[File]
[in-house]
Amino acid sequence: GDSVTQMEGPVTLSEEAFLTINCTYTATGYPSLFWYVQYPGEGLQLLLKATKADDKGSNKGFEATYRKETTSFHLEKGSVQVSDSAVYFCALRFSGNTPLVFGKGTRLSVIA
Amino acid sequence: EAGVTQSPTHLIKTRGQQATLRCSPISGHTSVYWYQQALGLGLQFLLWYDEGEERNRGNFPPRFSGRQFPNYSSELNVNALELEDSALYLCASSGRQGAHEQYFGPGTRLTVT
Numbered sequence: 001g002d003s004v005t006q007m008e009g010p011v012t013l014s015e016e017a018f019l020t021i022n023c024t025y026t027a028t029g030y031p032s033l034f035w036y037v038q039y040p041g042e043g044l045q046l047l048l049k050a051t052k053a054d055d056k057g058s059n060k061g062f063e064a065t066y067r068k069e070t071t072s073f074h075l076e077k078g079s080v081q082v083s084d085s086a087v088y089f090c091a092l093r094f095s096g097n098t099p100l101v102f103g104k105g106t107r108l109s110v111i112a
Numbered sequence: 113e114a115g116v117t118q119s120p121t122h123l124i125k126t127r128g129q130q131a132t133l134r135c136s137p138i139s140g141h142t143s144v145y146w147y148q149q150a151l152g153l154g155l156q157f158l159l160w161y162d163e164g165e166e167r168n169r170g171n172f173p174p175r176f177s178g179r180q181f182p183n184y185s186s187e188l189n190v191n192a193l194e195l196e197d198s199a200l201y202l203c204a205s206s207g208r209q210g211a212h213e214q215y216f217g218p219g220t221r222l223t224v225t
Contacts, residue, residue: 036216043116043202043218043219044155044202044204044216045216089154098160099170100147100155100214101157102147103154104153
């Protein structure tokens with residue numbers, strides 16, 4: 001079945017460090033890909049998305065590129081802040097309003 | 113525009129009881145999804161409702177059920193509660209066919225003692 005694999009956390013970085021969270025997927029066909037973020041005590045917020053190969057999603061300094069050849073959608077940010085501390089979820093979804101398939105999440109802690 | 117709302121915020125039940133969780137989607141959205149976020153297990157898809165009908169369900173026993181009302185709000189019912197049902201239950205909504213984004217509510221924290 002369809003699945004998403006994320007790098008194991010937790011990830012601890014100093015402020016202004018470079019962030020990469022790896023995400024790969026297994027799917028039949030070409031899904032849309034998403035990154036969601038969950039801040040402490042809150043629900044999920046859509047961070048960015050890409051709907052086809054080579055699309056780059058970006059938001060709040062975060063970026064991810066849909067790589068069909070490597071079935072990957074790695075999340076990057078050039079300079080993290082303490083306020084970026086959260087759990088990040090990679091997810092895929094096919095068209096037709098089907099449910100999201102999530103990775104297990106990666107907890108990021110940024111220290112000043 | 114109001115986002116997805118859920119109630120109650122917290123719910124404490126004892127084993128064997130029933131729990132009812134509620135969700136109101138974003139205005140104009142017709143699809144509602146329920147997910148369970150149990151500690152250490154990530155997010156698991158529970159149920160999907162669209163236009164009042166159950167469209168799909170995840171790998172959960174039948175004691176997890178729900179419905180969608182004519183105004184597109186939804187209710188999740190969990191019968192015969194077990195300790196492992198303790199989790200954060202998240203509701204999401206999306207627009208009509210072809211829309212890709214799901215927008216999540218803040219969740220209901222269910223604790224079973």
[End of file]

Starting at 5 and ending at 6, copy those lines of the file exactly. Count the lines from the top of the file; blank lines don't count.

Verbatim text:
Numbered sequence: 113e114a115g116v117t118q119s120p121t122h123l124i125k126t127r128g129q130q131a132t133l134r135c136s137p138i139s140g141h142t143s144v145y146w147y148q149q150a151l152g153l154g155l156q157f158l159l160w161y162d163e164g165e166e167r168n169r170g171n172f173p174p175r176f177s178g179r180q181f182p183n184y185s186s187e188l189n190v191n192a193l194e195l196e197d198s199a200l201y202l203c204a205s206s207g208r209q210g211a212h213e214q215y216f217g218p219g220t221r222l223t224v225t
Contacts, residue, residue: 036216043116043202043218043219044155044202044204044216045216089154098160099170100147100155100214101157102147103154104153